Pro-abortion arguments are fraught with contradictions. For example: (1) Abortion defenders often say that it’s wrong to force morality on others. (2) They also say that abortion is a woman’s issue and that men have no proper say in it. Men ought to stay away.
If so, then the pro-abortion folks need to oppose Roe v. Wade because it transgresses the very principles the abortion lobby says it upholds.
(1) Before Roe V. Wade was decided in 1973, abortion was illegal in 45 states and was severely restricted in two others. Opposition to it was formal, legal, and almost universal. Yet, despite the near universal rejection of the practice, the Supreme Court imposed its morality on the entire nation. If imposing morality on others is wrong in principle, as the pro-abortion lobby insists, then the Supreme Court decision was wrong because it imposed its morality upon an entire nation. But that imposition of morality is never opposed by the pro-choicers, which tells you that they are either cheaters or liars. They say they oppose imposing morality in principle, but they don’t, not if their morality is being imposed. They only reject imposing morality when someone else’s morality is in view.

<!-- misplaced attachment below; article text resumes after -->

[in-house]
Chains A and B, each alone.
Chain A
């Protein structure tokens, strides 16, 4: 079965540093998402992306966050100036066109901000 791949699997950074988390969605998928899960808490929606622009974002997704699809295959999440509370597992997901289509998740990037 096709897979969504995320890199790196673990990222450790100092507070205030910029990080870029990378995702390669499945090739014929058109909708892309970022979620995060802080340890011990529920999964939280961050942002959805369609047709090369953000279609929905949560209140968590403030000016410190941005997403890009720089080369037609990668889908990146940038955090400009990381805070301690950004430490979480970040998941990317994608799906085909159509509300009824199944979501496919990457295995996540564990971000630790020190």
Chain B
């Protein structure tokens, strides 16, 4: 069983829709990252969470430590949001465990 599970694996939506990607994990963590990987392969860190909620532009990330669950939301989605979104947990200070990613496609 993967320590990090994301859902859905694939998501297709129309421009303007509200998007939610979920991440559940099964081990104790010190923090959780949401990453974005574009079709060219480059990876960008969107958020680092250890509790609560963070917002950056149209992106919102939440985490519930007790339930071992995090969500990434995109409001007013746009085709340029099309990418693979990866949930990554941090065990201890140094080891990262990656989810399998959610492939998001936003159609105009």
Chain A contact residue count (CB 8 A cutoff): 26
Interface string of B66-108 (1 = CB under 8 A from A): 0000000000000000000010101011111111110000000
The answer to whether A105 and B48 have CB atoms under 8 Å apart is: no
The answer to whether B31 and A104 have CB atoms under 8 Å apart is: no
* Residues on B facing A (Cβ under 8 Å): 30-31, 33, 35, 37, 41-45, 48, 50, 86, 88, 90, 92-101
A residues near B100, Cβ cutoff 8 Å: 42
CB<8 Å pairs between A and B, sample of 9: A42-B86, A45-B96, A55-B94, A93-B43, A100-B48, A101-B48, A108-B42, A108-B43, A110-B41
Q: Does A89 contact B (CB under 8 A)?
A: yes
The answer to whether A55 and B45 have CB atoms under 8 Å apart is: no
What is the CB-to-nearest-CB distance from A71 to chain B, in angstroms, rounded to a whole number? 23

(2) If, as a matter of principle, men have no proper say in abortion, as the pro-abortionists insist, then they ought to oppose Roe v. Wade because it was decided entirely by men, a mere nine men who imposed their morality upon the whole nation. If men have no proper say in the issue, as the pro-choice defenders insist, then the Supreme Court decision doubly transgresses pro-abortion principles: It imposes morality and it was decided by men. But that double transgression of principle means nothing at all to those who endorse abortion. As long as men impose the same morality the pro-abortion faction holds, men can say, do, or impose whatever they wish. It’s only when men argue against abortion that they must be excluded.
In other words, it’s not really about imposing morality on others, and it’s not really about excluding men from the issue. It’s not really about the pro-choice lobby’s alleged principles. It’s really about vacuous self-contradiction. It’s about cognitive dissonance on the grandest scale.
But then whoever accused the pro-abortion cadre of logical consistency? Certainly not I.